In the build-up to next week’s Geneva Motor Show, a number of vehicle manufacturers have teased and tormented us all with some protracted ‘sneak preview’ information and images over the past few days and weeks, none more so that the PSA Groupe.
PSA began its looooong pre-reveal tease a couple of months ahead of next week’s official unveiling of its new EPM2 light van and utilitarian MPV range, consisting of the all-new Citroen Berlingo, Peugeot Rifter and Opel/Vauxhall Combo.
Along with the Renault Kangoo, Fiat Doblo and Volkswagen Caddy panel van models, the previous two generations of PSA’s Citroen Berlingo and Peugeot Partner light commercial vehicle (LCV) twins had a profound impact on the traditional passenger car-derived LCV panel van models that used to roll the roost, pre-Berlingo et al.
From the family saloon-based Ford Model T, Morris Oxford, Austin Seven, Morris Minor, Austin A35, Mini, Vauxhall Viva HA, Hillman Imp, Ford Escort, Morris Marina, Austin Maestro, Vauxhall Astra and countless other panel vans, regular car-derived LCVs have formed a common part of our street scene for decades.
In the UK in the 1950s and 60s, a variety of kits existed – some offered semi-officially by the vehicle manufacturers themselves via their dealer networks – to convert a saloon-based panel van model into a small, basic family estate car, with the option of rear seats, a roof vent, and occasionally rear side windows, to avoid having to pay the higher rate of passenger car taxation. These kits were especially popular for BMC’s Mini and Austin A35 vans, as well as the commercial versions of the Ford Anglia, Commer/Hillman Husky and Bedford/Vauxhall Viva HA.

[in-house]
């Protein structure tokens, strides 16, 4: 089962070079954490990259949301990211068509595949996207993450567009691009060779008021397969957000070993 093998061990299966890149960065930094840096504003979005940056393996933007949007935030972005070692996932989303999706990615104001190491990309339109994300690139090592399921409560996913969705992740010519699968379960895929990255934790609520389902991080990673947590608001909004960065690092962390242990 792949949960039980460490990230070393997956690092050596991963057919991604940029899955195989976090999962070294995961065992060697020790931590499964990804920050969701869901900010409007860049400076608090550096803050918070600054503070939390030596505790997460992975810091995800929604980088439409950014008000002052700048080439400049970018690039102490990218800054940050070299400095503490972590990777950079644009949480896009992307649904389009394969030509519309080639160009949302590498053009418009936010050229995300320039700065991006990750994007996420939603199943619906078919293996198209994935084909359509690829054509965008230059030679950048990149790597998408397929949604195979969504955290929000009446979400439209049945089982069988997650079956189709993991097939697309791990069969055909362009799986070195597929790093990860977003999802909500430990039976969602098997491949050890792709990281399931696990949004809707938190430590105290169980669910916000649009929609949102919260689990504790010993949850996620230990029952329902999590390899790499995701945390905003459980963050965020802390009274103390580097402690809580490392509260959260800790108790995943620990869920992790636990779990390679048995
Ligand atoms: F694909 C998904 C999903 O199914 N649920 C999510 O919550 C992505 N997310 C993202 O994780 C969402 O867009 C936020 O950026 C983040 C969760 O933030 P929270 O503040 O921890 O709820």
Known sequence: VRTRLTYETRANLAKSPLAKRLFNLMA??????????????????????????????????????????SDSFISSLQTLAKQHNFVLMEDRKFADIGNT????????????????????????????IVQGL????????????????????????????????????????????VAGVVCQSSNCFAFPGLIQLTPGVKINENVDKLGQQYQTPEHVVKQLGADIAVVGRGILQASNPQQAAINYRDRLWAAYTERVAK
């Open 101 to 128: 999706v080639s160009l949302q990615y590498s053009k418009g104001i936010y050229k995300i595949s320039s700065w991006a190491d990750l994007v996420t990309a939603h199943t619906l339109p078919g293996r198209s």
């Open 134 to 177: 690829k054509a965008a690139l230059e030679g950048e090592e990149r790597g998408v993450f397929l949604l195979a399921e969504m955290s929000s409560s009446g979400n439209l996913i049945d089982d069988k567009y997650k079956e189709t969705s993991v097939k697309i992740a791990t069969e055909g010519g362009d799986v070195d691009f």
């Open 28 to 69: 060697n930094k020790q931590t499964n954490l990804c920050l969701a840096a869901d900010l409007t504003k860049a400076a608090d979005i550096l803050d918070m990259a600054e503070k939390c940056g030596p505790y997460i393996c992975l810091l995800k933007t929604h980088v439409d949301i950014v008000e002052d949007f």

The trend for car-based light vans held true for around a century, until purpose-built small-to-medium panel vans such as the Citroen Berlingo and Renault Kangoo came along, offering all of the dynamic attributes of a regular car-derived LCV, but with greater cargo space and versatility. Virtually at a stroke, the traditional smaller LCV van, with the front half of a passenger car, and a bespoke rear end with metal panels covering the regular rear side glass area, was made redundant.
Overnight, the final car-based vans such as the Ford Escort and Vauxhall Astravan were usurped by purpose-built LCVs such as the Ford Courier and Vauxhall Combo. Bizarrely, BMW’s pleasingly-named Mini Clubvan, a short-lived panel van version of the Mini Clubman estate, aimed at the smaller ‘lifestyle’ business, such as local florists, bakers and antique centres, was the last true car-derived van sold in the UK.
A handful of panel van versions of small B-segment hatchbacks do still exist today, such as the Vauxhall Corsavan, Ford Fiesta, Renault Clio, and so on, although even these and becoming scarcer this days, as the dominance of the Berlingo, Transit Connect, Kangoo, Doblo, Mercedes-Benz Citan, Nissan NV100 and others continue to thrive. The Geneva launch of PSA’s new EMP2 LVC/mini-MPV family will see yet another nail on the coffin of the poor-old car-based van…